What does dice mean slang? An in-depth look at dice terminology and idioms

Dice have been used for gambling and games of chance for thousands of years. With this long history, it‘s no surprise that dice have worked their way into slang expressions and idioms in the English language. As a data analyst and gaming enthusiast, I thought it would be interesting to really dive into the slang meanings and metaphors related to dice.

A comprehensive overview of dice slang terms

Let‘s start with a thorough rundown of common slang uses of the word "dice":

No Dice

The phrase "no dice" means "no way" or "no chance" of something happening. Here‘s an example:

  • I asked my boss for a promotion, but he said "no dice." Looks like I won‘t be getting a raise this year.

This slang expression originated from gambling, where dice are used in many games like craps. Telling someone "no dice" was a way to refuse a proposition to gamble or indicate you didn‘t have any dice to bet with. The first recorded use of "no dice" was in the early 1900s.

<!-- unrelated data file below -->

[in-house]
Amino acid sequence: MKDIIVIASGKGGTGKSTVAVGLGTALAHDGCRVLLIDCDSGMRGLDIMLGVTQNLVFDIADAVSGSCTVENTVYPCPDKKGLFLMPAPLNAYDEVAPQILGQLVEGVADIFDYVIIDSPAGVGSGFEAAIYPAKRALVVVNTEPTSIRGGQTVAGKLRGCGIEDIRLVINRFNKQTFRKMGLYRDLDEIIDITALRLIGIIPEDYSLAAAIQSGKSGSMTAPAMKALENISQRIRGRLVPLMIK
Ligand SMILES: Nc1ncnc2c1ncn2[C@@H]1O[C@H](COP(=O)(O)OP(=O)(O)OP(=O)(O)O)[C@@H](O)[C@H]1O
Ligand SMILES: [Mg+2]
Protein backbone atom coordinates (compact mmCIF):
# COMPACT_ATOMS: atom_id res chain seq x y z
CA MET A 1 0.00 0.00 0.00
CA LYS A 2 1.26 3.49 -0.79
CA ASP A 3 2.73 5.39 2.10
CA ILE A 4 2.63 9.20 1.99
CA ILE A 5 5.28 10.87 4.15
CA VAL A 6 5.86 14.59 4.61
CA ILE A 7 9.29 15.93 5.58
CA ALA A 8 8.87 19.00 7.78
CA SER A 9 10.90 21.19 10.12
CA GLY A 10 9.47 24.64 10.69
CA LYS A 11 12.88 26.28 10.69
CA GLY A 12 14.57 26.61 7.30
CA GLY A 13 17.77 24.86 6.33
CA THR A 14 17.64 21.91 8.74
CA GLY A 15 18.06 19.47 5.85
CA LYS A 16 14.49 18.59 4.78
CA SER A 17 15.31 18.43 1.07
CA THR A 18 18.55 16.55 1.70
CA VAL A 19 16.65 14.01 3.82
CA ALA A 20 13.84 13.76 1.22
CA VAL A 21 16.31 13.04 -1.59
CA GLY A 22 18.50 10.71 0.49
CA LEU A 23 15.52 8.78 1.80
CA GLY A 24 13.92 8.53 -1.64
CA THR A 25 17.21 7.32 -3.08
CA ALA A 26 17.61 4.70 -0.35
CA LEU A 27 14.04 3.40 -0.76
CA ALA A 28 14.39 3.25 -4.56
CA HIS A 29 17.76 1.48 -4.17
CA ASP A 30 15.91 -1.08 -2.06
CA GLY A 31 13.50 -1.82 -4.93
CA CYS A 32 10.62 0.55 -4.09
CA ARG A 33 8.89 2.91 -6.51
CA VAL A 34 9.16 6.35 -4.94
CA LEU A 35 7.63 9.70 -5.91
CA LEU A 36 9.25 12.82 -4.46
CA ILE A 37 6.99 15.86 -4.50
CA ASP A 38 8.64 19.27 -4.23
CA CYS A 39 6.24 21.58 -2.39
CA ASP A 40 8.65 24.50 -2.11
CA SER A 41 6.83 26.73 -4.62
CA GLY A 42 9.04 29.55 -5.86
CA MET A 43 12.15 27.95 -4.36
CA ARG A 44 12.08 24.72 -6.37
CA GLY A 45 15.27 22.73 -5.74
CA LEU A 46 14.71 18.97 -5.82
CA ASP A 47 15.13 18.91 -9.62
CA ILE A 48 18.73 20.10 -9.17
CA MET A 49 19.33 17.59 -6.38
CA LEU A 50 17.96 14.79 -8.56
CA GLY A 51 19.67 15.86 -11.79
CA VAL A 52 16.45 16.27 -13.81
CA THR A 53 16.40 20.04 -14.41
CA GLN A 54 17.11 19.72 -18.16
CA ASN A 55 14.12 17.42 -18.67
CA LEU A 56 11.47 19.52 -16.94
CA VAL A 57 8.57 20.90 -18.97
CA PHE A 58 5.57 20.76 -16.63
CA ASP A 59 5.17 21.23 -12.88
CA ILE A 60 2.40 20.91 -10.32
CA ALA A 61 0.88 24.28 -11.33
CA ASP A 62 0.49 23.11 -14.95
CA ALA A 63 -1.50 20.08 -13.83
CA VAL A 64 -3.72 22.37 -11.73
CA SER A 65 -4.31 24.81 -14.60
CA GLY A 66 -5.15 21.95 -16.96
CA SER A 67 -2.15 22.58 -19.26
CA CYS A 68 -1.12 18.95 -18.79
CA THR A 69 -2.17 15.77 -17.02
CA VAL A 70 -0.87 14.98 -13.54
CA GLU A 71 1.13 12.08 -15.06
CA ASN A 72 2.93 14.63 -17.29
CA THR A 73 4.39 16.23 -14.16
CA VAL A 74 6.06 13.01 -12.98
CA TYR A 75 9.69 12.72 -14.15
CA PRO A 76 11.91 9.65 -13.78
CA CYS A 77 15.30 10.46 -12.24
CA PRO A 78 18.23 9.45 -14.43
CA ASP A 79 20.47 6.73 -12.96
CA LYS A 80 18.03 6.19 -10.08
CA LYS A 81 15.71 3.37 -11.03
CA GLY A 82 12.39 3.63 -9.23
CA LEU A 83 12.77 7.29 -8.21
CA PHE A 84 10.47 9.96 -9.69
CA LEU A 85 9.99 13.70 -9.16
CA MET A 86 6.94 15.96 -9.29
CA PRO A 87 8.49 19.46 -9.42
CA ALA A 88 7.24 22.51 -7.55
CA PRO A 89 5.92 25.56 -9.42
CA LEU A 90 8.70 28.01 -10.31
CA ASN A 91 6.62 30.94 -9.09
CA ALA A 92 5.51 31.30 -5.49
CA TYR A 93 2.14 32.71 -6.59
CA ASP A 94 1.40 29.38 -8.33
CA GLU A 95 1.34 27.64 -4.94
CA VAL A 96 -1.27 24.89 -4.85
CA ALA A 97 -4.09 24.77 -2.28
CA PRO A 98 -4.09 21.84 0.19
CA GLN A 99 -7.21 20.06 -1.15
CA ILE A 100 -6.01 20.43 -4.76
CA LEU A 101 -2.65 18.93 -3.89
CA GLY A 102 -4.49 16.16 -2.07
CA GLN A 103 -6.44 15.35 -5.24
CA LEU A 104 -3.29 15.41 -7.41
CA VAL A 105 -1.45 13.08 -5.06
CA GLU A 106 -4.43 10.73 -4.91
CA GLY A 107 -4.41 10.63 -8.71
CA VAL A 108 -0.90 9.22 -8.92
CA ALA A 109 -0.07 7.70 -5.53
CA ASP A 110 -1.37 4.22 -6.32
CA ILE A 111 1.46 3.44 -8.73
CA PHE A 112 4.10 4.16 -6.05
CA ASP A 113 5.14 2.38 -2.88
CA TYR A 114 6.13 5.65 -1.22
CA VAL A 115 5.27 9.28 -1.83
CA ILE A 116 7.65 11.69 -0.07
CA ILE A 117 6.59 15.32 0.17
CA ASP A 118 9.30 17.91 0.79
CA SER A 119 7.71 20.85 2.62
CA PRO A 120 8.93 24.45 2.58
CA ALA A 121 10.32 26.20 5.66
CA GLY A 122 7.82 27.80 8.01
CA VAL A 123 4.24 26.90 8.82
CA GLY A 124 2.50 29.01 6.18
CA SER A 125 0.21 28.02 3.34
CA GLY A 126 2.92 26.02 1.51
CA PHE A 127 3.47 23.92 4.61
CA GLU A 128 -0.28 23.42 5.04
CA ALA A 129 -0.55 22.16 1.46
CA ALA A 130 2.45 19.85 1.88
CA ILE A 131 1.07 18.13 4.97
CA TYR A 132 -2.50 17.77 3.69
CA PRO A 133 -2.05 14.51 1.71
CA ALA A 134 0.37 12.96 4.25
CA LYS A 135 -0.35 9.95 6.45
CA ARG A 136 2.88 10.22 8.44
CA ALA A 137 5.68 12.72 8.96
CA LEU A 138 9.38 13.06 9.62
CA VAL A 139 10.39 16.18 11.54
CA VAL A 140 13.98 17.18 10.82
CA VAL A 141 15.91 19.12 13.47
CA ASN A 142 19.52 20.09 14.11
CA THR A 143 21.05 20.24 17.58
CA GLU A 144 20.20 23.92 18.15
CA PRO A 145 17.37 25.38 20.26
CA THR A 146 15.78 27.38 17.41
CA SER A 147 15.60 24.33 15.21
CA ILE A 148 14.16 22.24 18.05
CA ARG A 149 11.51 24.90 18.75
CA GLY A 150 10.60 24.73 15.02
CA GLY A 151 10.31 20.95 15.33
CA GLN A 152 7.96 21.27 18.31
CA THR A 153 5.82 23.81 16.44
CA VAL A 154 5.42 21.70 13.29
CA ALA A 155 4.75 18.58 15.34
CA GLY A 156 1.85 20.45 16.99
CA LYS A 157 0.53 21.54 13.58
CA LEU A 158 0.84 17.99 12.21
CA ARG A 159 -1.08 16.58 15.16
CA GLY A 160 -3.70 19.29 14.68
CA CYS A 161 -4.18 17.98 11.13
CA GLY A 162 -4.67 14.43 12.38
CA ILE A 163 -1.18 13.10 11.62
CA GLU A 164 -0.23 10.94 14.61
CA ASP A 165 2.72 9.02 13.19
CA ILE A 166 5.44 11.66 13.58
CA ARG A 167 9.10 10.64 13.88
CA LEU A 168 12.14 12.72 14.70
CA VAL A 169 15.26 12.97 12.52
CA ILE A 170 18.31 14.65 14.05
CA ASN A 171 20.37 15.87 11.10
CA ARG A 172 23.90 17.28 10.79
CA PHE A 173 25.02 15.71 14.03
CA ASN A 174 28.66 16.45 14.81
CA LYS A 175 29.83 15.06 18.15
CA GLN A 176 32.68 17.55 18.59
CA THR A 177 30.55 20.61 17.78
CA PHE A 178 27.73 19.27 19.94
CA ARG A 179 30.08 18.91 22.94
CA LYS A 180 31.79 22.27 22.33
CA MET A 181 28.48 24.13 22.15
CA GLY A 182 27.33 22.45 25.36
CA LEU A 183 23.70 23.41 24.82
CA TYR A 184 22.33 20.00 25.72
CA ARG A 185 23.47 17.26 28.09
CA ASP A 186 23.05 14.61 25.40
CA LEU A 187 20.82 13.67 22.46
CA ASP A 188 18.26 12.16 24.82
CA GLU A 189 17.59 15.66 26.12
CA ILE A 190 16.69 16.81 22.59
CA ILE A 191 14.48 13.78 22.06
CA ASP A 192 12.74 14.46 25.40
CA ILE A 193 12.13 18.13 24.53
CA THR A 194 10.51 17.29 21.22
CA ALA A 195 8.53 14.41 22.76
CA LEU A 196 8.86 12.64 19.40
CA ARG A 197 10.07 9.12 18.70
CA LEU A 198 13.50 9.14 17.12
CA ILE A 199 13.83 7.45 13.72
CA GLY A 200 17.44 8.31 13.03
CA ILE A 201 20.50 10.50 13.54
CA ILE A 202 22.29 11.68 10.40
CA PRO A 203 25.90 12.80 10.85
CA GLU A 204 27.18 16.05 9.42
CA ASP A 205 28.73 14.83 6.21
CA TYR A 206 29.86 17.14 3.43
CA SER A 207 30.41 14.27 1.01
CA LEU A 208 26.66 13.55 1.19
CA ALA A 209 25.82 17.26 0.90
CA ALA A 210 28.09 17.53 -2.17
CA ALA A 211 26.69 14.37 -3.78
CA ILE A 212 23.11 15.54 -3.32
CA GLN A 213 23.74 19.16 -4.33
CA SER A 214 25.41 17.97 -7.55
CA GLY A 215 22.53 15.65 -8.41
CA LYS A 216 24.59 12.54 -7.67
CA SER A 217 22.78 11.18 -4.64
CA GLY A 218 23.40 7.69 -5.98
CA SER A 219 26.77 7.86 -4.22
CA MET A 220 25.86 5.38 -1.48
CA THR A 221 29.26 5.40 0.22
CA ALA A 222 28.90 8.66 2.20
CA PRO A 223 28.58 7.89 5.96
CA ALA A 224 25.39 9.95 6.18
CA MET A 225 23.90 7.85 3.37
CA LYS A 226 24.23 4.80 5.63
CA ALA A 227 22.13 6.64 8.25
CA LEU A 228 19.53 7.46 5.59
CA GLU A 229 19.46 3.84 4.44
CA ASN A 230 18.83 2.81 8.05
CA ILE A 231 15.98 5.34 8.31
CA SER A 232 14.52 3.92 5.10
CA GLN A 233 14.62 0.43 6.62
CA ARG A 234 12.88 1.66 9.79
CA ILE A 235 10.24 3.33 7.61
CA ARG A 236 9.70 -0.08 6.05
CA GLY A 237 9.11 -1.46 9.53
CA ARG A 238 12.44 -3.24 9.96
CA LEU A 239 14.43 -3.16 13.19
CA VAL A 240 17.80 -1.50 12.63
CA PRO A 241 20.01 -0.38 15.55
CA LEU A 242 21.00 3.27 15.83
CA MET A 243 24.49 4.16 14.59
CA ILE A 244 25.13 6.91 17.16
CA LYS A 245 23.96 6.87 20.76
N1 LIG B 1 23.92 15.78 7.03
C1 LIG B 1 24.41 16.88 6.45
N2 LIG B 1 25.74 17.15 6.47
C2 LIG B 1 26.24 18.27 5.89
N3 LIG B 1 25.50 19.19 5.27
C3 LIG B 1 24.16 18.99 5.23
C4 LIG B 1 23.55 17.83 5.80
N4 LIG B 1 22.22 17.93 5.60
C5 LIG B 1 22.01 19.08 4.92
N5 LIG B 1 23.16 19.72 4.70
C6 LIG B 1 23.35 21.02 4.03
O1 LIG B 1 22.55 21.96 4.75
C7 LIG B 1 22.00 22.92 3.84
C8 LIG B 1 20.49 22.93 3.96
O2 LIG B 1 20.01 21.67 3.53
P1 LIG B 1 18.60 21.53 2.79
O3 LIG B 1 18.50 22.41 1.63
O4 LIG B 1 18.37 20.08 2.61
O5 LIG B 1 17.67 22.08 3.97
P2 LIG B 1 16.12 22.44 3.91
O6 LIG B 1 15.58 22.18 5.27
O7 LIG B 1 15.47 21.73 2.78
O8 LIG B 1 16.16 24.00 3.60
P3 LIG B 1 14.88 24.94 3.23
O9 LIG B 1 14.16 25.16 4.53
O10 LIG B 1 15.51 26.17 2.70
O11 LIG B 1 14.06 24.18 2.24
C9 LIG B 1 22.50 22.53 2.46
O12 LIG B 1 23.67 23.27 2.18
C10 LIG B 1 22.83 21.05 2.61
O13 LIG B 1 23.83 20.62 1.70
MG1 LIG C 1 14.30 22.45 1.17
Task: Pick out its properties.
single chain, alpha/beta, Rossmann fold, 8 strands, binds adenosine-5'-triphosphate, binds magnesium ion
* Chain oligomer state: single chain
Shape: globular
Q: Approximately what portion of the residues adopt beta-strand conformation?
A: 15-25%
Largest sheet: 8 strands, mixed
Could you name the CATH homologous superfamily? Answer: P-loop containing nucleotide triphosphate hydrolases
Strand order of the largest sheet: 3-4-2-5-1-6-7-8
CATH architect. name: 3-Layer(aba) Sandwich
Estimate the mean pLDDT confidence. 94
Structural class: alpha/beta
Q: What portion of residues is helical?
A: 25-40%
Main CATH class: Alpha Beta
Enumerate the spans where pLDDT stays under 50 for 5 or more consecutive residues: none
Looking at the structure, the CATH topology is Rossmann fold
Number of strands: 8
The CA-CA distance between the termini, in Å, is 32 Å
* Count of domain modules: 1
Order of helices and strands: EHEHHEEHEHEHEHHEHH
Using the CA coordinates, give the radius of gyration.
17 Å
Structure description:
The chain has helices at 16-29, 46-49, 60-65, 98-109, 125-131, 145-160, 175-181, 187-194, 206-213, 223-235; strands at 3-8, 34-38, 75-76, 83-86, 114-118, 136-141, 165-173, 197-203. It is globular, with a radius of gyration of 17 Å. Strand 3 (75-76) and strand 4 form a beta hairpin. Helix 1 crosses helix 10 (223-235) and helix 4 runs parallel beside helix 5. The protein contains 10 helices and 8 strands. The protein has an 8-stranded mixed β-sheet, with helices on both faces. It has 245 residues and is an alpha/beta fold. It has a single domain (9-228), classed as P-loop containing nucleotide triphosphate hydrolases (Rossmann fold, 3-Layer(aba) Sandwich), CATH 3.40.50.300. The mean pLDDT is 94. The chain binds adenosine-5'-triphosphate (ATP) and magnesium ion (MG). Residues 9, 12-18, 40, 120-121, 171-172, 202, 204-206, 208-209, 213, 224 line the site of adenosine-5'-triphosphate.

Shooting Dice

"Shooting dice" refers to playing craps, a popular casino dice game. The term can also mean playing street dice games illegally. The "shooting" part refers to the motion of rolling or shooting the dice across the playing surface.

Roll the Dice

If someone says they are going to "roll the dice," it means they are taking a risky chance or gamble. This idiom comes from literally rolling physical dice and hoping for good luck. For example:

  • I decided to roll the dice and invest my savings in the stock market, even though there‘s a chance I could lose money.

Lucky Dice

"Lucky dice" are dice that are believed to bring good luck or fortune, usually because someone has won money while using them in the past. Superstitious gamblers may have a special set of dice they think are lucky charms.

Loaded Dice